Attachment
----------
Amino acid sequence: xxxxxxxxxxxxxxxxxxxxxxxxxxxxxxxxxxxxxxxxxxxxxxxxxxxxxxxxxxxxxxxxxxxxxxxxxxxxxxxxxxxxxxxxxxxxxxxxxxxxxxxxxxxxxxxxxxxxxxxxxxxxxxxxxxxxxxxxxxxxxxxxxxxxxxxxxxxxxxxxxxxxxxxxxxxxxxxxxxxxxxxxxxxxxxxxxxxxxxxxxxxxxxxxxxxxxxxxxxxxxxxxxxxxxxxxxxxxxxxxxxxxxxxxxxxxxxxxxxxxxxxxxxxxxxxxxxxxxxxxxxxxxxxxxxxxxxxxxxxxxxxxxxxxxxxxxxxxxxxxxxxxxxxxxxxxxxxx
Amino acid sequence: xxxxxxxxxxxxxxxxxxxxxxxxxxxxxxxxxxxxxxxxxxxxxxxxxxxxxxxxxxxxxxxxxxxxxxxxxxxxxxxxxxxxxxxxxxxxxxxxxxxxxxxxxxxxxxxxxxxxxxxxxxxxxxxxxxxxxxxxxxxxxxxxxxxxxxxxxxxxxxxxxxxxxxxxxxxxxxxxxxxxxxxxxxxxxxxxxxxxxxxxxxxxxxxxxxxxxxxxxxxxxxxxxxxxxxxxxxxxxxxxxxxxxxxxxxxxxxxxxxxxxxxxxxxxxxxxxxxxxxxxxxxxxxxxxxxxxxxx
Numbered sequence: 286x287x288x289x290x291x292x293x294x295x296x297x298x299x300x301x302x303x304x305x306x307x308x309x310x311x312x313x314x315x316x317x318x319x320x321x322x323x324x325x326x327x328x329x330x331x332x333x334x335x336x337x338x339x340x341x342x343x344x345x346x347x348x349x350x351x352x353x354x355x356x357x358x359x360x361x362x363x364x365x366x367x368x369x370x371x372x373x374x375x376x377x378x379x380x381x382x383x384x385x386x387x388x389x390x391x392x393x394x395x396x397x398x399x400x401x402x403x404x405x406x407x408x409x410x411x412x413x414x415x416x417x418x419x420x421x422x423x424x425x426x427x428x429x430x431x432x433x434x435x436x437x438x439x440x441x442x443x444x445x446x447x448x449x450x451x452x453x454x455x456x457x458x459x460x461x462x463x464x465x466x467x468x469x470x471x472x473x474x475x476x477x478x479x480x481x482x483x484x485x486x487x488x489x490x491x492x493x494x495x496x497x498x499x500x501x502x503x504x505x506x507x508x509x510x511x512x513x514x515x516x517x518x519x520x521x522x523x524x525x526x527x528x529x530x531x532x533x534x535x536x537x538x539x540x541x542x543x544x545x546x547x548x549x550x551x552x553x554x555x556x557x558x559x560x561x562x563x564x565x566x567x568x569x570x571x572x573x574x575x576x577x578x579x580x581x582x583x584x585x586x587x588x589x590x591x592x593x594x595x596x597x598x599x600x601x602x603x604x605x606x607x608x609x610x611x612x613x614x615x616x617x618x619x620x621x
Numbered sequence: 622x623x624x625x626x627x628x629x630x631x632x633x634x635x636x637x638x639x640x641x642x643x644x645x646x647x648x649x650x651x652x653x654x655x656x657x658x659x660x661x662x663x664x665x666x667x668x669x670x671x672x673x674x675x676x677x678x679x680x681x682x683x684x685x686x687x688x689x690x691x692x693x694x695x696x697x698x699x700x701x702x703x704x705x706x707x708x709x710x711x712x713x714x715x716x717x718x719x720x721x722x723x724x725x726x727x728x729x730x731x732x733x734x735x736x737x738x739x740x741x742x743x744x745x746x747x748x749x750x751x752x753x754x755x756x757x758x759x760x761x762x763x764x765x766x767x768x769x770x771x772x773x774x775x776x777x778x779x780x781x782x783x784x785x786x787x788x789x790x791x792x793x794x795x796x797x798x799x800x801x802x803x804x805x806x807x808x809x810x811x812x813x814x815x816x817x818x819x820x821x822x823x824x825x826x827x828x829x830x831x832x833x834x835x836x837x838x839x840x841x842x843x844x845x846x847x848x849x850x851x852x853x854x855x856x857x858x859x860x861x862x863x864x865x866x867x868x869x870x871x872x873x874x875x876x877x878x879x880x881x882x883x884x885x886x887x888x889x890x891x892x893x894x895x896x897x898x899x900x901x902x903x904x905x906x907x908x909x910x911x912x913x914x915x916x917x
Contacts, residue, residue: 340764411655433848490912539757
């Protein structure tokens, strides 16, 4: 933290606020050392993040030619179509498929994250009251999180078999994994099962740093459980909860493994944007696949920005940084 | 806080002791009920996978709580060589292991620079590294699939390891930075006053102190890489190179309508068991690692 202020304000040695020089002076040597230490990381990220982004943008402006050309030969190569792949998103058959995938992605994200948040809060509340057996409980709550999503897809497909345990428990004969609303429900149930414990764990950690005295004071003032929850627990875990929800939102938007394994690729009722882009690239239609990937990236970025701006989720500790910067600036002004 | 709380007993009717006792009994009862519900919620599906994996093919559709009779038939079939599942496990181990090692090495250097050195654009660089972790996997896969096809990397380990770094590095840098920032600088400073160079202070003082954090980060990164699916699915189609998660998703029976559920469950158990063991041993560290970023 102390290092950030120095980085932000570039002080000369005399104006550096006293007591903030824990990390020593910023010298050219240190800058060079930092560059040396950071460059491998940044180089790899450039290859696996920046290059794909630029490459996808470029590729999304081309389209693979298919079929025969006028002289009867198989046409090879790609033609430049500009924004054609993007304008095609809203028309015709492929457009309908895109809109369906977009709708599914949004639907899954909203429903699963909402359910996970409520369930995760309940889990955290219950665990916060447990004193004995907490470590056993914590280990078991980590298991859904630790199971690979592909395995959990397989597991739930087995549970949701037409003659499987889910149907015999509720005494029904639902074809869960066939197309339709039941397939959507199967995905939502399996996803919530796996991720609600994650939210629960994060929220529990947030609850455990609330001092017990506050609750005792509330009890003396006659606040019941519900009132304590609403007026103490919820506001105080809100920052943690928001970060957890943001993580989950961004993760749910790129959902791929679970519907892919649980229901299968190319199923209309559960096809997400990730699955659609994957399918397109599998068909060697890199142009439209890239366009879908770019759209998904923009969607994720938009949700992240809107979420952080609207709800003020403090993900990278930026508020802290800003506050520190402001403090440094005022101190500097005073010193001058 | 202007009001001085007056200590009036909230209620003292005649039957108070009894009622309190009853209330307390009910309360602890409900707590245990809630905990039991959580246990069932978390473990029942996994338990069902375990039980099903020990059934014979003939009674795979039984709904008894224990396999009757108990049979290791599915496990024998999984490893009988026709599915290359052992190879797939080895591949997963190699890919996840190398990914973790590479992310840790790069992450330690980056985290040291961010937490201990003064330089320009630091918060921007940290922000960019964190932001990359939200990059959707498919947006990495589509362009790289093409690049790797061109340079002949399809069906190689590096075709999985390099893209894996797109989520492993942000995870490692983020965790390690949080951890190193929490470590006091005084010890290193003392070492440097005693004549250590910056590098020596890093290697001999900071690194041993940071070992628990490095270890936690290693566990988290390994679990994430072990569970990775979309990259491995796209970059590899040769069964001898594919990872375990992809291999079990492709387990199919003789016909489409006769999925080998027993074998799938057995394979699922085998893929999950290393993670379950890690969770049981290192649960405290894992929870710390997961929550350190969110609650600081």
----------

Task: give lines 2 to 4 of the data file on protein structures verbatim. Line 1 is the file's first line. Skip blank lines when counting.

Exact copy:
Amino acid sequence: xxxxxxxxxxxxxxxxxxxxxxxxxxxxxxxxxxxxxxxxxxxxxxxxxxxxxxxxxxxxxxxxxxxxxxxxxxxxxxxxxxxxxxxxxxxxxxxxxxxxxxxxxxxxxxxxxxxxxxxxxxxxxxxxxxxxxxxxxxxxxxxxxxxxxxxxxxxxxxxxxxxxxxxxxxxxxxxxxxxxxxxxxxxxxxxxxxxxxxxxxxxxxxxxxxxxxxxxxxxxxxxxxxxxxxxxxxxxxxxxxxxxxxxxxxxxxxxxxxxxxxxxxxxxxxxxxxxxxxxxxxxxxxxxxxxxxxxx
Numbered sequence: 286x287x288x289x290x291x292x293x294x295x296x297x298x299x300x301x302x303x304x305x306x307x308x309x310x311x312x313x314x315x316x317x318x319x320x321x322x323x324x325x326x327x328x329x330x331x332x333x334x335x336x337x338x339x340x341x342x343x344x345x346x347x348x349x350x351x352x353x354x355x356x357x358x359x360x361x362x363x364x365x366x367x368x369x370x371x372x373x374x375x376x377x378x379x380x381x382x383x384x385x386x387x388x389x390x391x392x393x394x395x396x397x398x399x400x401x402x403x404x405x406x407x408x409x410x411x412x413x414x415x416x417x418x419x420x421x422x423x424x425x426x427x428x429x430x431x432x433x434x435x436x437x438x439x440x441x442x443x444x445x446x447x448x449x450x451x452x453x454x455x456x457x458x459x460x461x462x463x464x465x466x467x468x469x470x471x472x473x474x475x476x477x478x479x480x481x482x483x484x485x486x487x488x489x490x491x492x493x494x495x496x497x498x499x500x501x502x503x504x505x506x507x508x509x510x511x512x513x514x515x516x517x518x519x520x521x522x523x524x525x526x527x528x529x530x531x532x533x534x535x536x537x538x539x540x541x542x543x544x545x546x547x548x549x550x551x552x553x554x555x556x557x558x559x560x561x562x563x564x565x566x567x568x569x570x571x572x573x574x575x576x577x578x579x580x581x582x583x584x585x586x587x588x589x590x591x592x593x594x595x596x597x598x599x600x601x602x603x604x605x606x607x608x609x610x611x612x613x614x615x616x617x618x619x620x621x
Numbered sequence: 622x623x624x625x626x627x628x629x630x631x632x633x634x635x636x637x638x639x640x641x642x643x644x645x646x647x648x649x650x651x652x653x654x655x656x657x658x659x660x661x662x663x664x665x666x667x668x669x670x671x672x673x674x675x676x677x678x679x680x681x682x683x684x685x686x687x688x689x690x691x692x693x694x695x696x697x698x699x700x701x702x703x704x705x706x707x708x709x710x711x712x713x714x715x716x717x718x719x720x721x722x723x724x725x726x727x728x729x730x731x732x733x734x735x736x737x738x739x740x741x742x743x744x745x746x747x748x749x750x751x752x753x754x755x756x757x758x759x760x761x762x763x764x765x766x767x768x769x770x771x772x773x774x775x776x777x778x779x780x781x782x783x784x785x786x787x788x789x790x791x792x793x794x795x796x797x798x799x800x801x802x803x804x805x806x807x808x809x810x811x812x813x814x815x816x817x818x819x820x821x822x823x824x825x826x827x828x829x830x831x832x833x834x835x836x837x838x839x840x841x842x843x844x845x846x847x848x849x850x851x852x853x854x855x856x857x858x859x860x861x862x863x864x865x866x867x868x869x870x871x872x873x874x875x876x877x878x879x880x881x882x883x884x885x886x887x888x889x890x891x892x893x894x895x896x897x898x899x900x901x902x903x904x905x906x907x908x909x910x911x912x913x914x915x916x917x